Thyroid Disease 101

Written by: SphynxCatVP
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Due to the complex and varied nature of thyroid disease, this article makes the assumption that the reader is seeking general information appropriate to either young adults or adults rather than young children or infants. The links at the end of the article lead to more complete, detailed information if what you are seeking is beyond the scope of this article. There are many, MANY causes and treatments, for example, that are not covered in this basic overview.

What is thyroid disease?

Thyroid disease begins when the thyroid gland (part of the body's endocrine system) either produces too much ("hyperthyroid") thyroid hormones or not enough ("hypothyroid") thyroid hormomes. There are many reasons that either condition may develop, and it may affect people of all ages. While women are more commonly affected than men, thyroid disease CAN and DOES affect men as well. Unfortunately, if you have a more rare form of thyroid disease, you may find it difficult to convince a doctor to run a complete and thorough set of labs to get it properly diagnosed. For some, proper diagnosis has taken decades, and many changes of doctors.

Endocrine disorders in general are extremely complex, so a problem in one area can affect MANY other, seemingly unrelated, areas of the body. If you believe you have an endocrine disorder such as thyroid disease, enlisting the help of an endocrinologist for at least an evaluation appointment is essential - many other endocrine problems can mimic or cause secondary hypo/hyper thyroidism, so all other possible causes for the thyroid levels being "off" should be explored. Pituitary or hypothalmus issues, can lead directly to one or more seemingly thyroid-related problems - getting treatment for the wrong problem (unnecessary surgery, radation, etc.) will only make it worse in the long run.

Do remember that a lot of doctors tend to "see" a diagnosis that is in their speciality - an oncologist sees cancer, a cardiologist sees heart problems, and so on. If at all possible, you should ALWAYS get at least a second opinion (if not a third, fourth, fifth and sixth...) both from an endocrinologist who specializes in thyroid disease and/or Type 1 Diabetes, AND an endocrinologist who specializes in other endocrine disorders (and who may be more likely to catch non-thyroid causes of thyroid-seeming problems such as issues with the pituitary and hypothalmus glands.)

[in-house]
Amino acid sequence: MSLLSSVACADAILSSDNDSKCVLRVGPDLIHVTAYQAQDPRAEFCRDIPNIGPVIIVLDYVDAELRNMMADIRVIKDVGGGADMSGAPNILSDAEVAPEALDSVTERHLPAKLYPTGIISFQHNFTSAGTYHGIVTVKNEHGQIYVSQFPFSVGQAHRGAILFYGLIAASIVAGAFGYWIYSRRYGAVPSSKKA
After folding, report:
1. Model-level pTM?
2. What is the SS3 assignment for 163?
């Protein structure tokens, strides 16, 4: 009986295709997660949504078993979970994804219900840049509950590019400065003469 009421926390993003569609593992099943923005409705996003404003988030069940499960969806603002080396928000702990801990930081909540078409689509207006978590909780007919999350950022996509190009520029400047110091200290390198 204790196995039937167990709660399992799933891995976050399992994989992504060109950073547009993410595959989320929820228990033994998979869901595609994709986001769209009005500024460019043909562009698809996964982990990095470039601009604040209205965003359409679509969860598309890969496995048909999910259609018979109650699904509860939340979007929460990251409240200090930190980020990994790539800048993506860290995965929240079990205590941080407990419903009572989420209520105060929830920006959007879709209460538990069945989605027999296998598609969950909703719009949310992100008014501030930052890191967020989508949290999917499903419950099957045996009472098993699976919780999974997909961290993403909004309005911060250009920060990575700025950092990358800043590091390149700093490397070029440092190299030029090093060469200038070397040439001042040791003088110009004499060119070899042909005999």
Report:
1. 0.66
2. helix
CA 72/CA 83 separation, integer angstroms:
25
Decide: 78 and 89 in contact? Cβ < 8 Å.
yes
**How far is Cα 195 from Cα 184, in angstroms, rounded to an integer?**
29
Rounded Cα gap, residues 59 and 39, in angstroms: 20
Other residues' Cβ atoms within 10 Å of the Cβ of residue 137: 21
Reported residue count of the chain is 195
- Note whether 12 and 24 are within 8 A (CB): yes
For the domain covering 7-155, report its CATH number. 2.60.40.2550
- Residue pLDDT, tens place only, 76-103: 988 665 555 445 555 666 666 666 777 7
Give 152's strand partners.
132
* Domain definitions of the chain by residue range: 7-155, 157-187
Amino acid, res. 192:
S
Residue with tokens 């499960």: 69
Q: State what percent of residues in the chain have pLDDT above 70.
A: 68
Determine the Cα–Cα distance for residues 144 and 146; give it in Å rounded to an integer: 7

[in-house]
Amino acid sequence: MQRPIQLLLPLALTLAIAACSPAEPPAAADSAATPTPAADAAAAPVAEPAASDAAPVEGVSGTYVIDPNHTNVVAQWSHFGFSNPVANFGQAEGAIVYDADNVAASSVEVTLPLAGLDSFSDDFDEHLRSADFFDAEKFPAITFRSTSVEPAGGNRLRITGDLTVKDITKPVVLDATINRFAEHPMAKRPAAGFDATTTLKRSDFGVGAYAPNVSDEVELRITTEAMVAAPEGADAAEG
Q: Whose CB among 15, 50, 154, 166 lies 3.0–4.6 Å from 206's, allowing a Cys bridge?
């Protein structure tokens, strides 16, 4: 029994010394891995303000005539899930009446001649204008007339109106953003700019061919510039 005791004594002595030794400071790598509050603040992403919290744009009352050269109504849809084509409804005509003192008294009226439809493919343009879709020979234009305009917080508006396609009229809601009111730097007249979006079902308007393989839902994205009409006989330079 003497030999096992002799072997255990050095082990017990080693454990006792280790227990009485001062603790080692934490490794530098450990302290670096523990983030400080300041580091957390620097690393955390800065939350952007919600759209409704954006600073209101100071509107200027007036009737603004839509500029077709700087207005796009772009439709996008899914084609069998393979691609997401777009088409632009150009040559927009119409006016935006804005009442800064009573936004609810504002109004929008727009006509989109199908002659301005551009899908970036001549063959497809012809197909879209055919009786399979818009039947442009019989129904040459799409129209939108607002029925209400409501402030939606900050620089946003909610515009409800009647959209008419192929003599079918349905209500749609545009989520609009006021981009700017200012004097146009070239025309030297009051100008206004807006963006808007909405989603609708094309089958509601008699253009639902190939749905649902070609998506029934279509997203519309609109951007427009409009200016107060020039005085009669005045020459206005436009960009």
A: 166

Normal thyroid hormone production chain

  1. Hypothalmus monitors the circulating levels of thyroid hormones (T4 and T3).
  2. If levels of either one are low, hypothalmus responds with TRH - Thyrotropin Releasing Hormone
  3. TRH stimulates the pituitary to produce TSH - Thyroid Stimulating Hormone
  4. TSH stimulates the thyroid gland to produce actual thyroid hormone (T4) until levels return to normal.
  5. T4 is broken down into T3 and other derivatives for use by various organs and muscles in the body.
  6. The presence of enough thyroid hormones (T4, T3) tells the hypothalmus to stop producing TRH.

Problems can develop anywhere in this chain of production, and for a variety of reasons. This is sometimes referred to as the "hypothalmus-pituitary-thyroid axis" because of how inter-related the three glands are.

What are the symptoms of thyroid disease?


Common symptoms demonstrate a slow or sluggish metabolism, and may include a combination of any or all of the following:

  • Anxiety
  • Coarseness of voice and impaired hearing
  • Cold intolerance, decreased sweating
  • Constipation
  • Dry, coarse skin
  • Fatigue
  • Hair loss (may happen repeatedly with fluctuations of hormone levels)
  • Heart: Decreased pulse, heart enlargement, decreased output
  • Headache
  • Impaired memory and cognition, poor concentration
  • Increased total cholesterol and LDL
  • Infertility
  • Muscle cramps and pain
  • Nerve-based pain
  • Possible insulin resistance
  • Side effects increase (either many, or severity) from medications due to slow digestion
  • Slow digestion
  • Sweating - Less - or complete lack of - sweating, while still getting overheated
  • Swelling of the face and extremities
  • Weight gain (with reduced appetite)
  • Weakness, fatigue, lethargy, and somnolence